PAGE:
The House Girl

The House Girl

A Novel

Book - 2013
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The House Girl, the historical fiction debut by Tara Conklin, is an unforgettable story of love, history, and a search for justice, set in modern-day New York and 1852 Virginia.

Weaving together the story of an escaped slave in the pre-Civil War South and a determined junior lawyer, The House Girl follows Lina Sparrow as she looks for an appropriate lead plaintiff in a lawsuit seeking compensation for families of slaves. In her research, she learns about Lu Anne Bell, a renowned prewar artist whose famous works might have actually been painted by her slave, Josephine.

Featuring two remarkable, unforgettable heroines, Tara Conklin's The House Girl is riveting and powerful, literary fiction at its very best.

Publisher: New York : William Morrow Paperbacks, 2013.
ISBN: 9780062207395
Branch Call Number: FICTION CON


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AL_ANNAL Dec 27, 2017

Two engrossing plots, settings, and characters; 1850's Virginia and NYC in 2004. Confront the pathology inherent in the relationship between a house slave and the mistress; follow the life of a young black lawyer preparing a lawsuit claiming reparations for descendants of slaves.

Nov 10, 2017

A good book that juggles a modern day story with a connected historical story. I found this really engaging right up until the end where I thought it lost focus a bit. Still a good read though.

CatherineG_1 Sep 10, 2016

Thornhill Village Evening Book Club Selection

Thursday, October 13th, 2016.

Time: 6:30 p.m.

Jun 10, 2016

This book was well written and kept me engaged throughout. Admittedly, I found Josephine's story much more compelling than Lina's, but I suspect that was intentional. I'm fairly certain that Lina was included as a way to give us information about key characters in Josephine's story that could not have been given just by following her.

While the suspense factor would be gone, I would re-read this book.

Aug 30, 2015

I thought this might be a rip-off of the help, but it isn't. It is a good story on it's own. Although it is hard to read about the way slaves were abused, this paints a realistic picture. I would rate it PG-13

Mar 10, 2015

I enjoyed this book, both for its modern storyline that involved a class action lawsuit and for the historical storyline involving a slave with artistic talent.

May 26, 2014

This book alternates between a tale of an antebellum south slave girl, the underground rail road and Dorthea Round (real person- activist with underground railroad) and Lina a fictional lawyer in modern day America who is working on a case for reparations for the descendants of American slaves. It is a fascinating book which intertwines the stories of many remarkable and not so remarkable people during a notorious period of our past. Very readable.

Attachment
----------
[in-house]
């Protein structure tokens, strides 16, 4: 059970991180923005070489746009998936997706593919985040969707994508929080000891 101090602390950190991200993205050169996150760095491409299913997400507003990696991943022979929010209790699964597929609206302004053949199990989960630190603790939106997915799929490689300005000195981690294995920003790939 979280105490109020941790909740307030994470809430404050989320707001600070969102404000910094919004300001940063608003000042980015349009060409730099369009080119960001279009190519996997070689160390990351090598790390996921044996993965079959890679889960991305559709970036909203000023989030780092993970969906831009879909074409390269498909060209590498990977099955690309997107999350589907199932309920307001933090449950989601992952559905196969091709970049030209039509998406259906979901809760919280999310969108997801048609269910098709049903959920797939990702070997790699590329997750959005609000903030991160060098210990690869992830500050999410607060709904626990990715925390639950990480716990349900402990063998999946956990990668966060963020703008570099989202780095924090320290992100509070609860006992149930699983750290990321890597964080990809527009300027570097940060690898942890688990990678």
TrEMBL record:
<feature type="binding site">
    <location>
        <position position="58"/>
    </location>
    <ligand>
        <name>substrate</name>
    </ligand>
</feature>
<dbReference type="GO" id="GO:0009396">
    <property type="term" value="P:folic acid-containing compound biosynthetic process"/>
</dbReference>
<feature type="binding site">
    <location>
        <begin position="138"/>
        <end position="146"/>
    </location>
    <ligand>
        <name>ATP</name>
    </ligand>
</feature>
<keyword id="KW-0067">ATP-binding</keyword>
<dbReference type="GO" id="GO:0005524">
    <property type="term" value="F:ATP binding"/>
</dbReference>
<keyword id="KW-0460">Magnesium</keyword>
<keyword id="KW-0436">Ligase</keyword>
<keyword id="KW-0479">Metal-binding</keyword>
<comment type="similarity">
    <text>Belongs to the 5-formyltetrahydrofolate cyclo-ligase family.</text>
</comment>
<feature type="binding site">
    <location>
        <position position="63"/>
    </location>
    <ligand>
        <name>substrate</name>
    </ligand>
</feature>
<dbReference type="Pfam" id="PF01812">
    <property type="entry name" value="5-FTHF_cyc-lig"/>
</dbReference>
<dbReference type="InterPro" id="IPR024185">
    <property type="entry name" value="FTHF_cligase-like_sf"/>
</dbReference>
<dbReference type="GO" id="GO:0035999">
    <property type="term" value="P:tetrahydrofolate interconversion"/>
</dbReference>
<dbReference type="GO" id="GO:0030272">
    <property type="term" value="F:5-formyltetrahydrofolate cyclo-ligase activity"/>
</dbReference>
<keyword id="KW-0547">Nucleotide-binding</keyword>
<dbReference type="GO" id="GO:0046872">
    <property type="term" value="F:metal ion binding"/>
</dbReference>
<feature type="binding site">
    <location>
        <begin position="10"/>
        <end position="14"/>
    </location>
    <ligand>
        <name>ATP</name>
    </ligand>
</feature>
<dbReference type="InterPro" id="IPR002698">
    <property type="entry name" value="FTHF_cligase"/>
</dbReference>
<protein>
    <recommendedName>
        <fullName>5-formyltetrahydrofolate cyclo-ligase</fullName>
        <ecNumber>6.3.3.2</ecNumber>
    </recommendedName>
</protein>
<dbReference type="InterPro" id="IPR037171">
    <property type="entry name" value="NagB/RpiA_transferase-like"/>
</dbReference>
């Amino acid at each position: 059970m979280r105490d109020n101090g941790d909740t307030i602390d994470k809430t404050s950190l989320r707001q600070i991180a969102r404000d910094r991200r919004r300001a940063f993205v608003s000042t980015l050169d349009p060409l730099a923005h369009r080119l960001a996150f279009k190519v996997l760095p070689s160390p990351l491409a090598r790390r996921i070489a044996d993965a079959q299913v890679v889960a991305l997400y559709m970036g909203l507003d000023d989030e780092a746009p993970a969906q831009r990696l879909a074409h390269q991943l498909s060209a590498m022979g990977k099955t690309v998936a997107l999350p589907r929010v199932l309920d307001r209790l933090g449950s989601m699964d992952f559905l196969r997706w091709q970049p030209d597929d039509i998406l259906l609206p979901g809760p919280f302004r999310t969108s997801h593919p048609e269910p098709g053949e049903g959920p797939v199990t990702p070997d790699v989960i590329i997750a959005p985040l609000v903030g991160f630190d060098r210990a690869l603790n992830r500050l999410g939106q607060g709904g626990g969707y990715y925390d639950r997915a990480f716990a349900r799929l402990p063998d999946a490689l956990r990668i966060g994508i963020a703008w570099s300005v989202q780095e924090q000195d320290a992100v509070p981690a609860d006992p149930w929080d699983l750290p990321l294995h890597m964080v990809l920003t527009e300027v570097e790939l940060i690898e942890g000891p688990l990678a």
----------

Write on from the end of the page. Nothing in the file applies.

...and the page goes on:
BCD2013 May 12, 2014

NYPL Staff Pick
Lena Sparrow, a lawyer in contemporary New York, finds secrets and questions in the art world and her family when she searches for a descendant of a pre-Civil War runaway slave.
- Selection Team

May 04, 2014

The House Girl simultaneously tells the stories of two women separated by time, place and culture. Josephine is a house girl, a slave on a failing Virginia plantation. With her mistress in rapidly failing health, Josephine begins to orchestrate her escape into the sympathetic arms of the Underground Railroad. Lina is a present-day New York lawyer who begins work on an assignment involving slavery reparations, and her mission is to find the "perfect" living descendant to serve as plaintiff in the case. An emerging controversy surrounding the authorship of a collection of antebellum paintings may be her most promising lead.

Through the first two thirds of the book I was interested but not necessarily wowed. Then things really started to get interesting! I'm a sucker for stories involving or solving historical mysteries. When the tale took an interesting twist with merely a few dozen pages to go, I eagerly wondered how the author would manage to resolve this new question mark. In addition, there is such a high level of detail that I had to remind myself a number of times while reading that this was a work of fiction. Recommended!

ChristchurchLib Jan 22, 2014

"This debut novel offers the stories of two women - ambitious Lina Sparrow, a first-year law associate in Manhattan, and Josephine Bell, a house slave in pre-Civil War Virginia. Lina is looking for a poster-child plaintiff for a class-action lawsuit on behalf of the descendants of slaves, and that search brings her attention to Josephine, who may have been the real artist behind paintings attributed to her mistress. With a focus that shifts effortlessly between the 21st and 19th centuries, The House Girl is "assured and arresting" (Chicago Tribune)." Fiction A to Z January 2014 newsletter

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